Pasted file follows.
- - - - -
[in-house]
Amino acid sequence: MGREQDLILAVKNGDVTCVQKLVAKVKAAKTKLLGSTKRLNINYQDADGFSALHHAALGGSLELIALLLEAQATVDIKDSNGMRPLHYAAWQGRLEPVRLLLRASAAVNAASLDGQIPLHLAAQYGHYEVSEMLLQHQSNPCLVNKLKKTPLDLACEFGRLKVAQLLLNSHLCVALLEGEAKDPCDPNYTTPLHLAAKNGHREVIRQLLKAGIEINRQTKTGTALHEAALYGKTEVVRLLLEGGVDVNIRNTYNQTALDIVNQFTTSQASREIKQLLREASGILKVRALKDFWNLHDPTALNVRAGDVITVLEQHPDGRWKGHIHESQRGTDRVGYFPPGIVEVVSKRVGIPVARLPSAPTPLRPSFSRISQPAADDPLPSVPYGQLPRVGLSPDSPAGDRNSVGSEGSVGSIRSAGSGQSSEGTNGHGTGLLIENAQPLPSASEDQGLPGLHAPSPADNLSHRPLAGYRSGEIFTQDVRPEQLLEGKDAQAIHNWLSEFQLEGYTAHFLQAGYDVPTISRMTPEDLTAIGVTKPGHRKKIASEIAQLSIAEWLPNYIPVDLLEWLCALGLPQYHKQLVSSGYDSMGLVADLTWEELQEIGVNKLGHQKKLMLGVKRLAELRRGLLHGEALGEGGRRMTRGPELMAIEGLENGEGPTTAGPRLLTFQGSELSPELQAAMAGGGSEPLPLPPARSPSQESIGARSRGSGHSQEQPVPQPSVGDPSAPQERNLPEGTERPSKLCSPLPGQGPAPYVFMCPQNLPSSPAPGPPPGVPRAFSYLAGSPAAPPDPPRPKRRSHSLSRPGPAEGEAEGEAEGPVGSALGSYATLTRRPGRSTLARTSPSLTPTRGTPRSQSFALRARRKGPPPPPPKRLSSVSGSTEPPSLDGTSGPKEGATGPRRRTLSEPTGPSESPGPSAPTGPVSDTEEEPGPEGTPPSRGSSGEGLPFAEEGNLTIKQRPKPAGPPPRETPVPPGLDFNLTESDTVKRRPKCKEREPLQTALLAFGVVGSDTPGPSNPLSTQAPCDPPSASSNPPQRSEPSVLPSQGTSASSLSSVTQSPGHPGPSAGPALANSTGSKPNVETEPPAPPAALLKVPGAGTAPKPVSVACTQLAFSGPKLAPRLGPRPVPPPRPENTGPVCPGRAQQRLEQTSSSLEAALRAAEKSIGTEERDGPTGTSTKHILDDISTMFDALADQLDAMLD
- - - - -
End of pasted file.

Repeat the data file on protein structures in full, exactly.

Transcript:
[in-house]
Amino acid sequence: MGREQDLILAVKNGDVTCVQKLVAKVKAAKTKLLGSTKRLNINYQDADGFSALHHAALGGSLELIALLLEAQATVDIKDSNGMRPLHYAAWQGRLEPVRLLLRASAAVNAASLDGQIPLHLAAQYGHYEVSEMLLQHQSNPCLVNKLKKTPLDLACEFGRLKVAQLLLNSHLCVALLEGEAKDPCDPNYTTPLHLAAKNGHREVIRQLLKAGIEINRQTKTGTALHEAALYGKTEVVRLLLEGGVDVNIRNTYNQTALDIVNQFTTSQASREIKQLLREASGILKVRALKDFWNLHDPTALNVRAGDVITVLEQHPDGRWKGHIHESQRGTDRVGYFPPGIVEVVSKRVGIPVARLPSAPTPLRPSFSRISQPAADDPLPSVPYGQLPRVGLSPDSPAGDRNSVGSEGSVGSIRSAGSGQSSEGTNGHGTGLLIENAQPLPSASEDQGLPGLHAPSPADNLSHRPLAGYRSGEIFTQDVRPEQLLEGKDAQAIHNWLSEFQLEGYTAHFLQAGYDVPTISRMTPEDLTAIGVTKPGHRKKIASEIAQLSIAEWLPNYIPVDLLEWLCALGLPQYHKQLVSSGYDSMGLVADLTWEELQEIGVNKLGHQKKLMLGVKRLAELRRGLLHGEALGEGGRRMTRGPELMAIEGLENGEGPTTAGPRLLTFQGSELSPELQAAMAGGGSEPLPLPPARSPSQESIGARSRGSGHSQEQPVPQPSVGDPSAPQERNLPEGTERPSKLCSPLPGQGPAPYVFMCPQNLPSSPAPGPPPGVPRAFSYLAGSPAAPPDPPRPKRRSHSLSRPGPAEGEAEGEAEGPVGSALGSYATLTRRPGRSTLARTSPSLTPTRGTPRSQSFALRARRKGPPPPPPKRLSSVSGSTEPPSLDGTSGPKEGATGPRRRTLSEPTGPSESPGPSAPTGPVSDTEEEPGPEGTPPSRGSSGEGLPFAEEGNLTIKQRPKPAGPPPRETPVPPGLDFNLTESDTVKRRPKCKEREPLQTALLAFGVVGSDTPGPSNPLSTQAPCDPPSASSNPPQRSEPSVLPSQGTSASSLSSVTQSPGHPGPSAGPALANSTGSKPNVETEPPAPPAALLKVPGAGTAPKPVSVACTQLAFSGPKLAPRLGPRPVPPPRPENTGPVCPGRAQQRLEQTSSSLEAALRAAEKSIGTEERDGPTGTSTKHILDDISTMFDALADQLDAMLD